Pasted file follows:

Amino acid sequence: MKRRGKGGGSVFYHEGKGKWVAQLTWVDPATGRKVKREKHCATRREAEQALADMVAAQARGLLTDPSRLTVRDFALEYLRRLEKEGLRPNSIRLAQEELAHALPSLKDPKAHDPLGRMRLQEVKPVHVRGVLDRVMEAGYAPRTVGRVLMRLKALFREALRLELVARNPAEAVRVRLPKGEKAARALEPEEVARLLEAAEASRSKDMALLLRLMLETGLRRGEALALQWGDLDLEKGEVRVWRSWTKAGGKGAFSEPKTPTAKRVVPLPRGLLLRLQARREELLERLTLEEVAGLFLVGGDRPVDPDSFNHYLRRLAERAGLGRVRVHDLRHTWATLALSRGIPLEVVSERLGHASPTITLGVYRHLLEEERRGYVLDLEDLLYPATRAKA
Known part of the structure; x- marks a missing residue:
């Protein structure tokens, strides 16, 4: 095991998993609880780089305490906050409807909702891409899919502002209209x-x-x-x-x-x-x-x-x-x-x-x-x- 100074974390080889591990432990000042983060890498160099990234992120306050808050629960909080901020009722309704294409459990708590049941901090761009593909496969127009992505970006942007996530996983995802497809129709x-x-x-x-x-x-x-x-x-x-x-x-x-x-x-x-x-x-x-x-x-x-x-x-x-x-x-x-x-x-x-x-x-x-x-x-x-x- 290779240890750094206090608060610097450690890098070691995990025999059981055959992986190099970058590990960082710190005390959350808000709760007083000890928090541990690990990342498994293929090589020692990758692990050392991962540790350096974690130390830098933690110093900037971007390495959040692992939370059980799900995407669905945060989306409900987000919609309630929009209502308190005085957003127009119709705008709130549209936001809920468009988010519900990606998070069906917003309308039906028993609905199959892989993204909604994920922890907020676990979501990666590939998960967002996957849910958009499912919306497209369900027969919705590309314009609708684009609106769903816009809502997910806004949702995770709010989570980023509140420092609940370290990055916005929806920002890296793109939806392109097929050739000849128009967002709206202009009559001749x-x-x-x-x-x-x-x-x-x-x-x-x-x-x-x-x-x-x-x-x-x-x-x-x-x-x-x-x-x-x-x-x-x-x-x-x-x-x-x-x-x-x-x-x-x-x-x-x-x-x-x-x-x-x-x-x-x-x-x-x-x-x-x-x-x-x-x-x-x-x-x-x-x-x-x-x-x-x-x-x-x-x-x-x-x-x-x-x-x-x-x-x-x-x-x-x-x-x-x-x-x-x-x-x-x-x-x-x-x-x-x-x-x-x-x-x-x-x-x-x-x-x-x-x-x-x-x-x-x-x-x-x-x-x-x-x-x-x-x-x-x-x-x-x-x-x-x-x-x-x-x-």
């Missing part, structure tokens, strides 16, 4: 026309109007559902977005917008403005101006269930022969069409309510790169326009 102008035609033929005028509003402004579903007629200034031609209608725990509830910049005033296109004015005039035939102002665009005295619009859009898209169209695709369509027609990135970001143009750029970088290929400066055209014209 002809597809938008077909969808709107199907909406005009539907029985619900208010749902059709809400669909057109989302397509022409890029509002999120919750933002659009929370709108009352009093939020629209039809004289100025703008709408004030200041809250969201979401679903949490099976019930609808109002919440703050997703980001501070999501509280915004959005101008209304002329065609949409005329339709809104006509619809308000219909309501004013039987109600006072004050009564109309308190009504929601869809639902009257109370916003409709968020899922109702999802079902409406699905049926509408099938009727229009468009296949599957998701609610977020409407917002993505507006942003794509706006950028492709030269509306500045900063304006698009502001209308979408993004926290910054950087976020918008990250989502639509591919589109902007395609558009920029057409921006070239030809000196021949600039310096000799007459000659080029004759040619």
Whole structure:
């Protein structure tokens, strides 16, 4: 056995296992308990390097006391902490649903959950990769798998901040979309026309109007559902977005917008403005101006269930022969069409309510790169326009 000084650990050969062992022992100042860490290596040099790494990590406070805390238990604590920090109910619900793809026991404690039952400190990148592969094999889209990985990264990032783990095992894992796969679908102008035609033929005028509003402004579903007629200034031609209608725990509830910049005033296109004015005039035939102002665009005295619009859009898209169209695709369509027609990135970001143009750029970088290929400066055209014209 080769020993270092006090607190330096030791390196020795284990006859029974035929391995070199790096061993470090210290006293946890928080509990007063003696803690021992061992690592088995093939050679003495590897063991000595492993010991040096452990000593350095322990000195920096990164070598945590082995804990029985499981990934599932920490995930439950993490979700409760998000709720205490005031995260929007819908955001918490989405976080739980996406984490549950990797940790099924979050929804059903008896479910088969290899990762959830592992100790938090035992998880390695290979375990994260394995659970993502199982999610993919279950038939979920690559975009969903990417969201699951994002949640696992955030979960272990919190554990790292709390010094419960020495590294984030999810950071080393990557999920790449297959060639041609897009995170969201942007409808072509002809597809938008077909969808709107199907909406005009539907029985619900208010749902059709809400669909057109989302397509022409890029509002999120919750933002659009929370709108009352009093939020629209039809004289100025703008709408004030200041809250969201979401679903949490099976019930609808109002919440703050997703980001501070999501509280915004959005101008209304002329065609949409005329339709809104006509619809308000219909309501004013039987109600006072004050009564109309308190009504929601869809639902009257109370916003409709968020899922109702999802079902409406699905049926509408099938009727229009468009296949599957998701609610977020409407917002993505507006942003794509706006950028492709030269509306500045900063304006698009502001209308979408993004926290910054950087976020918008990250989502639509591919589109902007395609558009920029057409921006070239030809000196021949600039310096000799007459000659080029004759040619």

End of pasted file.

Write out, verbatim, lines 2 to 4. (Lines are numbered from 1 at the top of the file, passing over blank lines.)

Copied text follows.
Known part of the structure; x- marks a missing residue:
């Protein structure tokens, strides 16, 4: 095991998993609880780089305490906050409807909702891409899919502002209209x-x-x-x-x-x-x-x-x-x-x-x-x- 100074974390080889591990432990000042983060890498160099990234992120306050808050629960909080901020009722309704294409459990708590049941901090761009593909496969127009992505970006942007996530996983995802497809129709x-x-x-x-x-x-x-x-x-x-x-x-x-x-x-x-x-x-x-x-x-x-x-x-x-x-x-x-x-x-x-x-x-x-x-x-x-x- 290779240890750094206090608060610097450690890098070691995990025999059981055959992986190099970058590990960082710190005390959350808000709760007083000890928090541990690990990342498994293929090589020692990758692990050392991962540790350096974690130390830098933690110093900037971007390495959040692992939370059980799900995407669905945060989306409900987000919609309630929009209502308190005085957003127009119709705008709130549209936001809920468009988010519900990606998070069906917003309308039906028993609905199959892989993204909604994920922890907020676990979501990666590939998960967002996957849910958009499912919306497209369900027969919705590309314009609708684009609106769903816009809502997910806004949702995770709010989570980023509140420092609940370290990055916005929806920002890296793109939806392109097929050739000849128009967002709206202009009559001749x-x-x-x-x-x-x-x-x-x-x-x-x-x-x-x-x-x-x-x-x-x-x-x-x-x-x-x-x-x-x-x-x-x-x-x-x-x-x-x-x-x-x-x-x-x-x-x-x-x-x-x-x-x-x-x-x-x-x-x-x-x-x-x-x-x-x-x-x-x-x-x-x-x-x-x-x-x-x-x-x-x-x-x-x-x-x-x-x-x-x-x-x-x-x-x-x-x-x-x-x-x-x-x-x-x-x-x-x-x-x-x-x-x-x-x-x-x-x-x-x-x-x-x-x-x-x-x-x-x-x-x-x-x-x-x-x-x-x-x-x-x-x-x-x-x-x-x-x-x-x-x-």
């Missing part, structure tokens, strides 16, 4: 026309109007559902977005917008403005101006269930022969069409309510790169326009 102008035609033929005028509003402004579903007629200034031609209608725990509830910049005033296109004015005039035939102002665009005295619009859009898209169209695709369509027609990135970001143009750029970088290929400066055209014209 002809597809938008077909969808709107199907909406005009539907029985619900208010749902059709809400669909057109989302397509022409890029509002999120919750933002659009929370709108009352009093939020629209039809004289100025703008709408004030200041809250969201979401679903949490099976019930609808109002919440703050997703980001501070999501509280915004959005101008209304002329065609949409005329339709809104006509619809308000219909309501004013039987109600006072004050009564109309308190009504929601869809639902009257109370916003409709968020899922109702999802079902409406699905049926509408099938009727229009468009296949599957998701609610977020409407917002993505507006942003794509706006950028492709030269509306500045900063304006698009502001209308979408993004926290910054950087976020918008990250989502639509591919589109902007395609558009920029057409921006070239030809000196021949600039310096000799007459000659080029004759040619």